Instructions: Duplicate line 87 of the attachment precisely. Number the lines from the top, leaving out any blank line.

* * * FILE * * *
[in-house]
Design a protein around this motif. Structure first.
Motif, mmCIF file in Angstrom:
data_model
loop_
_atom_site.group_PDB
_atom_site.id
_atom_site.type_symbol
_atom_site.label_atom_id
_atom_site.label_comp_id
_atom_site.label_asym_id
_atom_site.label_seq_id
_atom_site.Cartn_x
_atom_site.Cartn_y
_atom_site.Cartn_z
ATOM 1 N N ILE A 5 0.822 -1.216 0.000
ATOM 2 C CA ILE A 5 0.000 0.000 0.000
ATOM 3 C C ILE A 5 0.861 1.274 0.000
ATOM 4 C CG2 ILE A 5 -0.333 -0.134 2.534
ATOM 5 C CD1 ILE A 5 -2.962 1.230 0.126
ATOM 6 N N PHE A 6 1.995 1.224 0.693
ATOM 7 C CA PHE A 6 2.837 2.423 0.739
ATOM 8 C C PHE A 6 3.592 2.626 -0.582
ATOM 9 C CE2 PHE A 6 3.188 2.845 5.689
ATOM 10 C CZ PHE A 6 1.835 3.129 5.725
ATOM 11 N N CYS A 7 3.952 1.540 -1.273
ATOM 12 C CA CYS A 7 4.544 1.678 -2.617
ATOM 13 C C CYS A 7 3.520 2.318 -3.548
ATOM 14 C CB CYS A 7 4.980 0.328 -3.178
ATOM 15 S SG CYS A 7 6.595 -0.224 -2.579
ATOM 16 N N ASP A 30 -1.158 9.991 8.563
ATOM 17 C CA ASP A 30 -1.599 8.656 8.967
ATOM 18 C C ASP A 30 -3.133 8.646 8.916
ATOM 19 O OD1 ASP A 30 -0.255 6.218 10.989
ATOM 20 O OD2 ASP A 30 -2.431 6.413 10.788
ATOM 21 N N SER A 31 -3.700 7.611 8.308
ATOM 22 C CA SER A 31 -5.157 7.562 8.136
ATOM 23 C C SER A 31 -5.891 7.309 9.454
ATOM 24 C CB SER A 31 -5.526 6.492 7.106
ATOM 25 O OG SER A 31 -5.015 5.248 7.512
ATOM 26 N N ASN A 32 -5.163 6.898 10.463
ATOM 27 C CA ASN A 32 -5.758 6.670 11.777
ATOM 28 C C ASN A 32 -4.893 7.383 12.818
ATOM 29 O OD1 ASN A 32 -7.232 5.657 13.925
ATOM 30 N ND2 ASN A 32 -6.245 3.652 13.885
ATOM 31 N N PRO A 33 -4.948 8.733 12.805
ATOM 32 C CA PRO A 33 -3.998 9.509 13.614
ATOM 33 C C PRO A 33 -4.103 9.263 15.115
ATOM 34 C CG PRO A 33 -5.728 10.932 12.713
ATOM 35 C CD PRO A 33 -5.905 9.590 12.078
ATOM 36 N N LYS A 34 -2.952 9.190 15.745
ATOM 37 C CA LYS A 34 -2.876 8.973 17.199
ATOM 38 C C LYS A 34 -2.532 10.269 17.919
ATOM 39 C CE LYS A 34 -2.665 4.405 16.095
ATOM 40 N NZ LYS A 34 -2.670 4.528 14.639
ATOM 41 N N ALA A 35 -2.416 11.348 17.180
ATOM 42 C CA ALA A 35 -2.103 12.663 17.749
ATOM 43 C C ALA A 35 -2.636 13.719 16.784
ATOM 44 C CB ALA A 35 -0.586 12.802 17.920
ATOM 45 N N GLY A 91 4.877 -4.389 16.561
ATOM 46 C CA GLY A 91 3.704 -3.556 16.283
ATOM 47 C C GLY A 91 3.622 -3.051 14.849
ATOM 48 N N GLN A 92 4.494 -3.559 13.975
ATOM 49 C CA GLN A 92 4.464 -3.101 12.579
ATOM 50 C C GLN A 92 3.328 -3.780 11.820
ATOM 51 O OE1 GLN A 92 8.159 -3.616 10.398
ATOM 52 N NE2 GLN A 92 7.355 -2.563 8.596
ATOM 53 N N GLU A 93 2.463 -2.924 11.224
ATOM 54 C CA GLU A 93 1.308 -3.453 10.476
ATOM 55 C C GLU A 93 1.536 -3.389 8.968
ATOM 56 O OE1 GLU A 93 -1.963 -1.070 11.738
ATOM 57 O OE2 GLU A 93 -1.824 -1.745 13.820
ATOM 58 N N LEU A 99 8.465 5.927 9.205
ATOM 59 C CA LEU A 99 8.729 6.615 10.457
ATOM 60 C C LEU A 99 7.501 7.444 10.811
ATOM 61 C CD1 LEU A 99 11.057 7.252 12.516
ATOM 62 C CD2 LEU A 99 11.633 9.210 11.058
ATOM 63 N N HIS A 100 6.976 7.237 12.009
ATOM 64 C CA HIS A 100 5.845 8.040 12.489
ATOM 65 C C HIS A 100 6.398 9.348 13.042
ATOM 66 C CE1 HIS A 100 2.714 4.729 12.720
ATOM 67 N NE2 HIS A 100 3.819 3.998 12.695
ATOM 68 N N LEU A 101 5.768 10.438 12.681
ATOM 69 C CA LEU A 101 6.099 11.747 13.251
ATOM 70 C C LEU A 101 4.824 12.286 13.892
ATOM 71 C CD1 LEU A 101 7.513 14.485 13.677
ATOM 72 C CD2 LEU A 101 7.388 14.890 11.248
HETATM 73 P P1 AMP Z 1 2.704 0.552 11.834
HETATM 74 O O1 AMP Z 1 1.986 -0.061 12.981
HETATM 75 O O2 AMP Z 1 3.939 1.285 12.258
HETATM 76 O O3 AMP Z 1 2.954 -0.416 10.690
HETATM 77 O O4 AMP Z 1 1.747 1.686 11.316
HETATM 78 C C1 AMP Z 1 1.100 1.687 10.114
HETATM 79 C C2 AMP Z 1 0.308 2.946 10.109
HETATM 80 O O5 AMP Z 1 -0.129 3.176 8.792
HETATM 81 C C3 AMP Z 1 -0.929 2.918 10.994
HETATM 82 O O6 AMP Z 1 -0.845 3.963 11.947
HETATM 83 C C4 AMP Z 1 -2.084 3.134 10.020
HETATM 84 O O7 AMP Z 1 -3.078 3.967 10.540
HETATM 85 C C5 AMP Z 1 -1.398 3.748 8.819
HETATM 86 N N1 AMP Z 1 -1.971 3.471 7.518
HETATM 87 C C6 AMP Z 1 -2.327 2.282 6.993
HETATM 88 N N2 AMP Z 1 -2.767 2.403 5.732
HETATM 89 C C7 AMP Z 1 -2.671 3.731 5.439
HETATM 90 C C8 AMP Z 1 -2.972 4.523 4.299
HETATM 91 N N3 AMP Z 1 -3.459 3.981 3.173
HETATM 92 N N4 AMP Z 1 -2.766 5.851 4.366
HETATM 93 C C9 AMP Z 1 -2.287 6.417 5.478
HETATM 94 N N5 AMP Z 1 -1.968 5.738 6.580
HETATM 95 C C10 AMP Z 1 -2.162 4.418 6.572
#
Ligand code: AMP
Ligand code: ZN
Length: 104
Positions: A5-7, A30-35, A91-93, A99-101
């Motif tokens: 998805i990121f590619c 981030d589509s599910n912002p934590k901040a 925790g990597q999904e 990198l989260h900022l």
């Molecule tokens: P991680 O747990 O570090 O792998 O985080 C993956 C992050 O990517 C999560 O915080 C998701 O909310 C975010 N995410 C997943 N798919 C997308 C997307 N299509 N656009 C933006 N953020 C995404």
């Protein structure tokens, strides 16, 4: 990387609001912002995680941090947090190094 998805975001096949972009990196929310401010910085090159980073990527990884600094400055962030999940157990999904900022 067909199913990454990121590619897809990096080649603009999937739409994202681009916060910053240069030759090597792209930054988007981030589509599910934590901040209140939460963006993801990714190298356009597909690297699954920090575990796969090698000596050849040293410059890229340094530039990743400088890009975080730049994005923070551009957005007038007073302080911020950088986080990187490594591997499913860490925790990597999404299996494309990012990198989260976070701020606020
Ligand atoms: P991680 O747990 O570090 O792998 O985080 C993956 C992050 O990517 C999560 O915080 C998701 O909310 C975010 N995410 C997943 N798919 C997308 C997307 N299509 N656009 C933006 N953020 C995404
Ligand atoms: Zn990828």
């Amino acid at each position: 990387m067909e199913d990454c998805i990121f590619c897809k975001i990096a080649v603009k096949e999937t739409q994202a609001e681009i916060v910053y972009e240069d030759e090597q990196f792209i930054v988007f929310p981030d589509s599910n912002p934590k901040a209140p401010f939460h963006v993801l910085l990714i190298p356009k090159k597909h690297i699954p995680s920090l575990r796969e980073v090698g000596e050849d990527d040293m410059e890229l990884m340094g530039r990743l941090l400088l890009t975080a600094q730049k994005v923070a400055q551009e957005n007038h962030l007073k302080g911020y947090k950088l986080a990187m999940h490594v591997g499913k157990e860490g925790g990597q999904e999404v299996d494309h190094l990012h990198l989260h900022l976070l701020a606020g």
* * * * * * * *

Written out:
ATOM 72 C CD2 LEU A 101 7.388 14.890 11.248